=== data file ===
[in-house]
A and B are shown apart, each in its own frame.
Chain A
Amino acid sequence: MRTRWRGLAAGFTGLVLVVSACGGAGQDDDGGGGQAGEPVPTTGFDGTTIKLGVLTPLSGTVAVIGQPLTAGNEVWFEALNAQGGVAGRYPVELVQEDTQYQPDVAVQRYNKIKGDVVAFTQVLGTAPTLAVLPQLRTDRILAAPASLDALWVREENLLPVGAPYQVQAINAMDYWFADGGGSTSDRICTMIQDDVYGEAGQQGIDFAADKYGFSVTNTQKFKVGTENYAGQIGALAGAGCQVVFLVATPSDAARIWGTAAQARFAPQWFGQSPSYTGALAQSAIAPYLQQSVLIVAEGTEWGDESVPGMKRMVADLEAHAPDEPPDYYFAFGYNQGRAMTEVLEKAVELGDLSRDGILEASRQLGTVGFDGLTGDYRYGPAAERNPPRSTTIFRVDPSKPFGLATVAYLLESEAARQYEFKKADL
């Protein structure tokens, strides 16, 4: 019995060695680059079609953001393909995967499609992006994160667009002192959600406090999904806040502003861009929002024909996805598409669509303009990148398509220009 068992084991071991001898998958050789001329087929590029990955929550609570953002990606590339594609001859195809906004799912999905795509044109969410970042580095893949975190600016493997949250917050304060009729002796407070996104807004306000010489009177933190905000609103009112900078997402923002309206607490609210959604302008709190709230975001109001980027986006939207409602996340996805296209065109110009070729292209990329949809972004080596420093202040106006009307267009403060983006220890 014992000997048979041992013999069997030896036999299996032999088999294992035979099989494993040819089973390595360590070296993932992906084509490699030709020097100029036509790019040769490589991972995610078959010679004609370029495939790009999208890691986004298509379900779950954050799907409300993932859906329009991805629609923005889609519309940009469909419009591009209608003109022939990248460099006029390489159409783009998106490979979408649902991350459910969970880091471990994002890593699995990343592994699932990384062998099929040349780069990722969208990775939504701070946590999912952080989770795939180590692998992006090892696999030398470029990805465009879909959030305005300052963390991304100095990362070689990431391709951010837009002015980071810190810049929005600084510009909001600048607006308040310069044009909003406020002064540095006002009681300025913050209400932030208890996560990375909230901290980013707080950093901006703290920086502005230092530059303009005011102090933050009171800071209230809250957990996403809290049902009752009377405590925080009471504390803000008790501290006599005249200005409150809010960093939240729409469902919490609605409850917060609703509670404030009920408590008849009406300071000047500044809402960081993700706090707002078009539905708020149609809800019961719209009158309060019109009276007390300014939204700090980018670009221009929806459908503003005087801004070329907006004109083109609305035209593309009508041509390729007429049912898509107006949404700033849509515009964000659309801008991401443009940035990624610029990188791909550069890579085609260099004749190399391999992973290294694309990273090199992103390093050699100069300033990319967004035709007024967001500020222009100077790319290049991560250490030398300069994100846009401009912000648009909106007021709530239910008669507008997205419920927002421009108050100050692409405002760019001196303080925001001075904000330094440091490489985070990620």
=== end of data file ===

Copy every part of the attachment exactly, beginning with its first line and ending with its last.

[in-house]
A and B are shown apart, each in its own frame.
Chain A
Amino acid sequence: MRTRWRGLAAGFTGLVLVVSACGGAGQDDDGGGGQAGEPVPTTGFDGTTIKLGVLTPLSGTVAVIGQPLTAGNEVWFEALNAQGGVAGRYPVELVQEDTQYQPDVAVQRYNKIKGDVVAFTQVLGTAPTLAVLPQLRTDRILAAPASLDALWVREENLLPVGAPYQVQAINAMDYWFADGGGSTSDRICTMIQDDVYGEAGQQGIDFAADKYGFSVTNTQKFKVGTENYAGQIGALAGAGCQVVFLVATPSDAARIWGTAAQARFAPQWFGQSPSYTGALAQSAIAPYLQQSVLIVAEGTEWGDESVPGMKRMVADLEAHAPDEPPDYYFAFGYNQGRAMTEVLEKAVELGDLSRDGILEASRQLGTVGFDGLTGDYRYGPAAERNPPRSTTIFRVDPSKPFGLATVAYLLESEAARQYEFKKADL
């Protein structure tokens, strides 16, 4: 019995060695680059079609953001393909995967499609992006994160667009002192959600406090999904806040502003861009929002024909996805598409669509303009990148398509220009 068992084991071991001898998958050789001329087929590029990955929550609570953002990606590339594609001859195809906004799912999905795509044109969410970042580095893949975190600016493997949250917050304060009729002796407070996104807004306000010489009177933190905000609103009112900078997402923002309206607490609210959604302008709190709230975001109001980027986006939207409602996340996805296209065109110009070729292209990329949809972004080596420093202040106006009307267009403060983006220890 014992000997048979041992013999069997030896036999299996032999088999294992035979099989494993040819089973390595360590070296993932992906084509490699030709020097100029036509790019040769490589991972995610078959010679004609370029495939790009999208890691986004298509379900779950954050799907409300993932859906329009991805629609923005889609519309940009469909419009591009209608003109022939990248460099006029390489159409783009998106490979979408649902991350459910969970880091471990994002890593699995990343592994699932990384062998099929040349780069990722969208990775939504701070946590999912952080989770795939180590692998992006090892696999030398470029990805465009879909959030305005300052963390991304100095990362070689990431391709951010837009002015980071810190810049929005600084510009909001600048607006308040310069044009909003406020002064540095006002009681300025913050209400932030208890996560990375909230901290980013707080950093901006703290920086502005230092530059303009005011102090933050009171800071209230809250957990996403809290049902009752009377405590925080009471504390803000008790501290006599005249200005409150809010960093939240729409469902919490609605409850917060609703509670404030009920408590008849009406300071000047500044809402960081993700706090707002078009539905708020149609809800019961719209009158309060019109009276007390300014939204700090980018670009221009929806459908503003005087801004070329907006004109083109609305035209593309009508041509390729007429049912898509107006949404700033849509515009964000659309801008991401443009940035990624610029990188791909550069890579085609260099004749190399391999992973290294694309990273090199992103390093050699100069300033990319967004035709007024967001500020222009100077790319290049991560250490030398300069994100846009401009912000648009909106007021709530239910008669507008997205419920927002421009108050100050692409405002760019001196303080925001001075904000330094440091490489985070990620």